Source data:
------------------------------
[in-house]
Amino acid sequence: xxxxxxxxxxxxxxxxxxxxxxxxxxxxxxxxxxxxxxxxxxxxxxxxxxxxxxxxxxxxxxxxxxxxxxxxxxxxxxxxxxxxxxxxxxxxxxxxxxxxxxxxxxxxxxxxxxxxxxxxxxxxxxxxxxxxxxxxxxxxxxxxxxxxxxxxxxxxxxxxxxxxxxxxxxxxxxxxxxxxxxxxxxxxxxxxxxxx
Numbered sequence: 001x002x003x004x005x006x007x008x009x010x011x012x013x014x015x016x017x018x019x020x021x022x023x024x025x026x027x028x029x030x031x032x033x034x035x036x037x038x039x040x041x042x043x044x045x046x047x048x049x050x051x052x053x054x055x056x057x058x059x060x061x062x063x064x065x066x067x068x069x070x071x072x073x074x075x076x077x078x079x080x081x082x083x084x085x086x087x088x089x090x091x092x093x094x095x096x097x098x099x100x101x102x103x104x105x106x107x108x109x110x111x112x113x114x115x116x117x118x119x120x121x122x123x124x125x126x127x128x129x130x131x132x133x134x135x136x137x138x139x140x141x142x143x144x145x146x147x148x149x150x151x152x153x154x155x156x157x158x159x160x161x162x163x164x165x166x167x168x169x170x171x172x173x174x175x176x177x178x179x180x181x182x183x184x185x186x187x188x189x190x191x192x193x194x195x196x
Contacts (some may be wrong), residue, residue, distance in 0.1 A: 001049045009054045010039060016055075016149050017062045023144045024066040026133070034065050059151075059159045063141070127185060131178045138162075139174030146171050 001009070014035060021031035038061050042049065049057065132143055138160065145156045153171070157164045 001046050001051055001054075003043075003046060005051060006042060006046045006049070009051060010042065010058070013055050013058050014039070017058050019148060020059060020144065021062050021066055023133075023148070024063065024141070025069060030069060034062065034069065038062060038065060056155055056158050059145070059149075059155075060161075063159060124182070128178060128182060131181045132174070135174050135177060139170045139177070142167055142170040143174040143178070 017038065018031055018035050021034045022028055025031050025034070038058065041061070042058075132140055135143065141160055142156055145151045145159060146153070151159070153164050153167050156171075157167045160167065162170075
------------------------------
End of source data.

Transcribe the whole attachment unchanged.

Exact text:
[in-house]
Amino acid sequence: xxxxxxxxxxxxxxxxxxxxxxxxxxxxxxxxxxxxxxxxxxxxxxxxxxxxxxxxxxxxxxxxxxxxxxxxxxxxxxxxxxxxxxxxxxxxxxxxxxxxxxxxxxxxxxxxxxxxxxxxxxxxxxxxxxxxxxxxxxxxxxxxxxxxxxxxxxxxxxxxxxxxxxxxxxxxxxxxxxxxxxxxxxxxxxxxxxxx
Numbered sequence: 001x002x003x004x005x006x007x008x009x010x011x012x013x014x015x016x017x018x019x020x021x022x023x024x025x026x027x028x029x030x031x032x033x034x035x036x037x038x039x040x041x042x043x044x045x046x047x048x049x050x051x052x053x054x055x056x057x058x059x060x061x062x063x064x065x066x067x068x069x070x071x072x073x074x075x076x077x078x079x080x081x082x083x084x085x086x087x088x089x090x091x092x093x094x095x096x097x098x099x100x101x102x103x104x105x106x107x108x109x110x111x112x113x114x115x116x117x118x119x120x121x122x123x124x125x126x127x128x129x130x131x132x133x134x135x136x137x138x139x140x141x142x143x144x145x146x147x148x149x150x151x152x153x154x155x156x157x158x159x160x161x162x163x164x165x166x167x168x169x170x171x172x173x174x175x176x177x178x179x180x181x182x183x184x185x186x187x188x189x190x191x192x193x194x195x196x
Contacts (some may be wrong), residue, residue, distance in 0.1 A: 001049045009054045010039060016055075016149050017062045023144045024066040026133070034065050059151075059159045063141070127185060131178045138162075139174030146171050 001009070014035060021031035038061050042049065049057065132143055138160065145156045153171070157164045 001046050001051055001054075003043075003046060005051060006042060006046045006049070009051060010042065010058070013055050013058050014039070017058050019148060020059060020144065021062050021066055023133075023148070024063065024141070025069060030069060034062065034069065038062060038065060056155055056158050059145070059149075059155075060161075063159060124182070128178060128182060131181045132174070135174050135177060139170045139177070142167055142170040143174040143178070 017038065018031055018035050021034045022028055025031050025034070038058065041061070042058075132140055135143065141160055142156055145151045145159060146153070151159070153164050153167050156171075157167045160167065162170075